How to Cook Kale (2 Ways!)

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Learn how to cook kale in two different ways by steaming and sauteing. This leafy superfood cooks in under 10 minutes for a quick and healthy side dish. Try out each method to see how it gives a different flavor to the hearty greens.

Learn how to cook kale.

Kale has been the underdog leafy green. That’s because most of us aren’t quite sure how to tame the natural bitterness and rough texture, until now!

Since kale has many benefits, this superfood has sneaked its way into mainstream restaurant menus, salads, pasta, and can even transform into crunchy kale chips. I’ll show you ways to reduce some of the harsh flavors and how to cook kale with ease. But first, let’s talk prep and chop.

How to cut kale

Cutting the stem off of a kale leaf.
Chopping kale on a butting board with a chefs knife.

In most cases for curly, red and Tuscan (lacinato kale), there is a large fibrous stem that runs down the middle. The ends of the stem are wide and can be tough to eat, but it’s easy to remove. You can cut the stem off in two ways.

The first is to lay the leaf flat on a cutting board, then cut along the sides of the stem to remove the tender leaves. The second way is to fold the leaf in half, then cut away the stem. Now the raw kale can be cut into smaller pieces. For the methods in this recipe, they are all cut into 1-inch sized leaves.

How to cook kale

The stovetop can swiftly make kale using two different cooking methods, steaming and sauteing. Each gives very different taste experiences. If you like a more mild and tender flavor, steam it. If you want crispy edges and browned notes, give the greens a quick saute.

Steamed kale

Cooking steamed kale on the stovetop.

Steaming creates an extremely hot, moist environment for tenderizing the kale. When you cover and cook the kale for about 3 to 5 minutes, you’ll notice that the superheated steam transforms the dark green into bright green leaves.

The leaves will also wilt down significantly, losing about 40% of its volume. Keep that in mind for how many servings you want to have. For example, 8 cups of chopped kale reduces to about 5 cups.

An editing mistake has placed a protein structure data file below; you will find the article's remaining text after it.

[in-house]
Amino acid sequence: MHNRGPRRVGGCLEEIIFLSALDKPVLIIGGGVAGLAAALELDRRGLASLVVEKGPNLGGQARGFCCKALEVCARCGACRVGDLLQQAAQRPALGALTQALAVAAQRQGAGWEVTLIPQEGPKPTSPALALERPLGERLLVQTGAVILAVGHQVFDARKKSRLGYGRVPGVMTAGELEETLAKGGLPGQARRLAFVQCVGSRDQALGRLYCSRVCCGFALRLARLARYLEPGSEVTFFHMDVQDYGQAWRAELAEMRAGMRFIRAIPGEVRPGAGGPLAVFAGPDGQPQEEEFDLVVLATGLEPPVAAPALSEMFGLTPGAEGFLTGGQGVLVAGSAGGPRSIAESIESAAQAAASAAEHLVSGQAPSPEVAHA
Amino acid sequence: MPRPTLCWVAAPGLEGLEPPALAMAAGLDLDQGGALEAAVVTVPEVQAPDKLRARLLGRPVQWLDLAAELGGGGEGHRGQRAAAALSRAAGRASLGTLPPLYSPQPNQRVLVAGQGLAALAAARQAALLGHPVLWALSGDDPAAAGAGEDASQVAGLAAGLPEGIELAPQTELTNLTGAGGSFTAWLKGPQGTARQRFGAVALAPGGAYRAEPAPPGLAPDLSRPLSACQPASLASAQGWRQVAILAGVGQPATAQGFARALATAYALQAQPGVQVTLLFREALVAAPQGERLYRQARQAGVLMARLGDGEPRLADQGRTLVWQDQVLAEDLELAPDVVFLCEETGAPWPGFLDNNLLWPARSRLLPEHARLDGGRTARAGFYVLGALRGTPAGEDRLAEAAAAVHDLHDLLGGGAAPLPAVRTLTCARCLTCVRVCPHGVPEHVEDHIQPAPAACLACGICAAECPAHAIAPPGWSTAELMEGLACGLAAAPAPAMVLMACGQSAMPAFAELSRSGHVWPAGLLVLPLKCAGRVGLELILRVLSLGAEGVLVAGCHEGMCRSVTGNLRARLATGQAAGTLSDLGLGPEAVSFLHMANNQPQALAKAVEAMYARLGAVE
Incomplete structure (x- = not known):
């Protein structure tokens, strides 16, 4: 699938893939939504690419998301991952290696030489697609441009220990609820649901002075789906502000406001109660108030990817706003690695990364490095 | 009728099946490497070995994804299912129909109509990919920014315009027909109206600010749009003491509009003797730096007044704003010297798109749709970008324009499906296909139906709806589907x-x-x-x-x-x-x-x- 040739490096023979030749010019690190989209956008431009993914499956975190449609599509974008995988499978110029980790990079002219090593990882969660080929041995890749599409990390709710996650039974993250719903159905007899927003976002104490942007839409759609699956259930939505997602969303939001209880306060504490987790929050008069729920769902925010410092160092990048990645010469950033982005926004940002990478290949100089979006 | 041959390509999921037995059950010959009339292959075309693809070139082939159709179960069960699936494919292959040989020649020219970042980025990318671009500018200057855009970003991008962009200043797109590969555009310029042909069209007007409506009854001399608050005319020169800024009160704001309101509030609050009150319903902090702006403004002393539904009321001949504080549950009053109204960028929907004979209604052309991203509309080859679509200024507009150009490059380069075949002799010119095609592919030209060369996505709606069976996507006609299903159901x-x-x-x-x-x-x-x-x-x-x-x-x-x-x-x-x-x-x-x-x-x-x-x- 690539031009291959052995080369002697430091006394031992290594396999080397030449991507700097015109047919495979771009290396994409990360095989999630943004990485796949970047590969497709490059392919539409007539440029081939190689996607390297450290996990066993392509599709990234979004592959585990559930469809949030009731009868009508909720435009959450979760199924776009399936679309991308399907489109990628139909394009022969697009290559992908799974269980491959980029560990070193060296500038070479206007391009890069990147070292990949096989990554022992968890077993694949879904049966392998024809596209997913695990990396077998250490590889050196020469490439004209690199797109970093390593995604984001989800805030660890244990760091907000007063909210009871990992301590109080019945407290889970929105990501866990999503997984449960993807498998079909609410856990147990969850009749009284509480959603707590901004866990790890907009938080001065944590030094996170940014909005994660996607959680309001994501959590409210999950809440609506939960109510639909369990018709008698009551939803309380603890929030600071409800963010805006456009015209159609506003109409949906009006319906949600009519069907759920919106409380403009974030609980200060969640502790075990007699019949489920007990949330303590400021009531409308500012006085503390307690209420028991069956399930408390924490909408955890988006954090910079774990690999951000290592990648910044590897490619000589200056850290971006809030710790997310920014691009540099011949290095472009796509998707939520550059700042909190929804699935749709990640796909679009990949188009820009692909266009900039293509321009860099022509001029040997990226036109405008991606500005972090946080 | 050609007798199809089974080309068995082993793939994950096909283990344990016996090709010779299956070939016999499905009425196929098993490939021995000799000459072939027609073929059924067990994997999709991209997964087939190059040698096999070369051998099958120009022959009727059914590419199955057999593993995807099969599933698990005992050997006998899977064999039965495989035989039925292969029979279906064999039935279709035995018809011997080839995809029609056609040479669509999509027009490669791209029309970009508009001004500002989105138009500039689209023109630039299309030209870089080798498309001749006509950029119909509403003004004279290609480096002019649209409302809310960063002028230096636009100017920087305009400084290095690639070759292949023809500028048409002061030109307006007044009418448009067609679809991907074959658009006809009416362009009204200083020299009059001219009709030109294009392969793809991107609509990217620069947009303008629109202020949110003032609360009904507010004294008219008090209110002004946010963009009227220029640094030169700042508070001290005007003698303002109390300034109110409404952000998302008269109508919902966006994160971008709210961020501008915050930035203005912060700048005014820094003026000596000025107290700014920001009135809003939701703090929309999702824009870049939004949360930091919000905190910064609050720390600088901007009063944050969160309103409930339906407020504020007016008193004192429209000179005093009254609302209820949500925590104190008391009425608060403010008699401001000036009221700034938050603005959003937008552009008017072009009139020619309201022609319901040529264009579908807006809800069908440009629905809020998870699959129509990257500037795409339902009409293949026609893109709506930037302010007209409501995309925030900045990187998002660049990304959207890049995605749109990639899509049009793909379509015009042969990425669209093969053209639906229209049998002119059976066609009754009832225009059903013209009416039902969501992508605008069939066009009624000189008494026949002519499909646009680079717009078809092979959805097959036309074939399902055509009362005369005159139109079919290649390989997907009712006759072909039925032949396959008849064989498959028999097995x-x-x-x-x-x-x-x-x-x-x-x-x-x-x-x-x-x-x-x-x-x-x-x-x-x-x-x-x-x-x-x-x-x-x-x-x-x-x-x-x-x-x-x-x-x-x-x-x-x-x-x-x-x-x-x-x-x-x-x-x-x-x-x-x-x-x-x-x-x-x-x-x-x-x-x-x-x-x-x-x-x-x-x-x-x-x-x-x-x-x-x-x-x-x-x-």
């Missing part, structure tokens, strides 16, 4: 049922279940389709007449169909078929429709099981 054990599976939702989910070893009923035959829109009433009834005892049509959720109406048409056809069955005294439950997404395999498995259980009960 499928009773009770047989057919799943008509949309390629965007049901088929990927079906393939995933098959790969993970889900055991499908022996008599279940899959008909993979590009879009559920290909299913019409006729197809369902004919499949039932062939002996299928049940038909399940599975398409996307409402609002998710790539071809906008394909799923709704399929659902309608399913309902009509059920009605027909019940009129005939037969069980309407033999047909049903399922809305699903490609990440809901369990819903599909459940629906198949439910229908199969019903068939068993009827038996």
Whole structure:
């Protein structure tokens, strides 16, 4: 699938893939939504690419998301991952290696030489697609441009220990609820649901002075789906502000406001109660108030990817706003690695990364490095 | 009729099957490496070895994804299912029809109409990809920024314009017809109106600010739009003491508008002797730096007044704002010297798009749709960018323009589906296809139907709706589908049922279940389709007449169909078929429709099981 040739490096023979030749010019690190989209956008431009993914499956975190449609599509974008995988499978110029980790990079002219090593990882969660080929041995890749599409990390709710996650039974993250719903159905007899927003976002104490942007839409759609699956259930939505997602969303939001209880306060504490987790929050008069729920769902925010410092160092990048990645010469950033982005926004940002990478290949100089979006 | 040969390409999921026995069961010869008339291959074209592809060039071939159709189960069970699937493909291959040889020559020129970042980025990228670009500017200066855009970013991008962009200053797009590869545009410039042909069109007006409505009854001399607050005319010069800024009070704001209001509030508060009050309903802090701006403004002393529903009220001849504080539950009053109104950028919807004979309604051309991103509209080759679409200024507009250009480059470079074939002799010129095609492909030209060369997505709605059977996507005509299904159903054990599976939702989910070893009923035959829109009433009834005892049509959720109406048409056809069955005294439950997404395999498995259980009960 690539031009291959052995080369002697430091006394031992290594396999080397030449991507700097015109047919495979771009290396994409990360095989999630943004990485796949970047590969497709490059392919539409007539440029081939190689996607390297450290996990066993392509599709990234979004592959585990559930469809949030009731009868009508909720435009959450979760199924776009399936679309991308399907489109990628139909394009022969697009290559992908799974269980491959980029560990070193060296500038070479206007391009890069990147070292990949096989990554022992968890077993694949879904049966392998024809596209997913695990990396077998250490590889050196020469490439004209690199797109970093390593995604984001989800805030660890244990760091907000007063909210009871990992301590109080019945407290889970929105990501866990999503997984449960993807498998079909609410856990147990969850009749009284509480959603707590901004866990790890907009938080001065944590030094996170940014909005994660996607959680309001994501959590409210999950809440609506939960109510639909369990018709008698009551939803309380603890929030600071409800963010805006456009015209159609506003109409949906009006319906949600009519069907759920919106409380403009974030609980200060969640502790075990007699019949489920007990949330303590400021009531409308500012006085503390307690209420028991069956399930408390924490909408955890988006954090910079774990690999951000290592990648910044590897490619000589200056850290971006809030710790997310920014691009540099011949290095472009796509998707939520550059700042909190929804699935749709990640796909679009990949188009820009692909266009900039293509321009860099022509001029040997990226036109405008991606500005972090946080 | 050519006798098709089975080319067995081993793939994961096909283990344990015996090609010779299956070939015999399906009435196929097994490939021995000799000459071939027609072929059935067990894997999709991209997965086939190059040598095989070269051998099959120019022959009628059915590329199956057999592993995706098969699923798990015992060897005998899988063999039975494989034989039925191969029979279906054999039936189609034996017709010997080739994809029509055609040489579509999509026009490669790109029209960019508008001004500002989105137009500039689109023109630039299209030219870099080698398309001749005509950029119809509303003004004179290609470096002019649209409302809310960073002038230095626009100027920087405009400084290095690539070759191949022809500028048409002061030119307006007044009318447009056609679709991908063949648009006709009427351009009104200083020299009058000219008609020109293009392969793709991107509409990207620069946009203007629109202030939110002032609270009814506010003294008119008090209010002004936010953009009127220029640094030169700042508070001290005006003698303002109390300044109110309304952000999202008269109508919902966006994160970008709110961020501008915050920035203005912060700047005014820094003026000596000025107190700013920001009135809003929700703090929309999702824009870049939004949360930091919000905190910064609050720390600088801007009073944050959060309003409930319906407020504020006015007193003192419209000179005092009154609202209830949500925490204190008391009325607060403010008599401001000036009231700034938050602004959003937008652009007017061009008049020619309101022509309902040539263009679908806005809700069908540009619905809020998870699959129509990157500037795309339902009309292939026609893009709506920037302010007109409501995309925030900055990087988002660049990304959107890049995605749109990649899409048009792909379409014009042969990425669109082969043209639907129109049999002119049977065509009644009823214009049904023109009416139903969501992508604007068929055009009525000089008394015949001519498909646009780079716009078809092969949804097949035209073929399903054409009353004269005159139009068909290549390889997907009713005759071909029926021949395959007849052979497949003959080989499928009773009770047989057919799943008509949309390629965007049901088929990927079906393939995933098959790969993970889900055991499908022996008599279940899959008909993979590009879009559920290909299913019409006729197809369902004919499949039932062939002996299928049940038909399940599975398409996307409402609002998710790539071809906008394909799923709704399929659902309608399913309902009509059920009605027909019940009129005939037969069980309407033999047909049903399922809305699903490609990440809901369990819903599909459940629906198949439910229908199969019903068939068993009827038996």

Steamed kale is a quick side dish lightly salted and topped with freshly cracked black pepper. I often toss them into a breakfast scramble if there are leftovers from the night before.

Sauteed kale

Cooking sauteed kale in a metal skillet.

Kale leaves are very robust, so they do well when tossed in hot oil in a large saute pan or wok. I love kale prepared this way because the dry-heat cooking method creates toasted flavors that you won’t achieve in steaming.

Make sure to add the kale to a pan heated over medium heat with some oil, then stir occasionally for a few minutes to start the light browning of the leaves. It’s important to season with salt and pepper after it begins to wilt, otherwise, it will dry out the moisture from the cut leaves and steam the kale instead of sauteing it.

Adding in some minced garlic at the end of cooking, or garnishing with some freshly shredded aged cheese makes for a delicious side.

Selecting and storing

When selecting kale, make sure to look for leaves that are vibrant in color, not wilted or starting to turn yellow. The stems should be crisp and intact. Wait to clean them until ready to use. They store well in the refrigerator in a loose plastic bag for about one week.

Two hands massaging kale leaves.

Why it’s a good idea to massage the kale

Raw kale left alone doesn’t have much taste, but once you start chewing, chopping or massaging the cruciferous vegetable, a chemical reaction starts to happen. When the cell membranes of the leaves are physically ruptured, it causes pungent and bitter notes to rise from sulfur-containing compounds called isothiocyanates.

According to Cooks Illustrated, these compounds form when the enzyme myrosinase and sulfurous compounds called glucosinolates interact. Good news for kale salad fans, simply rinsing the chopped leaves after massaging helps to wash away some of the bitterness before you take a bite.

Recipes with kale

Recipe Science

Reducing bitterness of kale

Massaging kale damages the cell structure and forces the bitter compounds inside to form. Rinsing afterward with warm water inactivates the enzymes and washes the bitter flavors from the surface thus reducing its pungency.

How to Cook Kale

Learn how to cook kale in two different ways by steaming and sauteing. This leafy superfood cooks in under 10 minutes for a quick and healthy side dish.
4.82 from 43 votes
Prep Time10 minutes
Cook Time10 minutes
Total Time20 minutes
Servings 4 servings
Course Side
Cuisine American


Steamed Kale

  • 8 cups chopped kale, about 1 large bunch, 1-inch sized pieces, curly, red or lacinato kale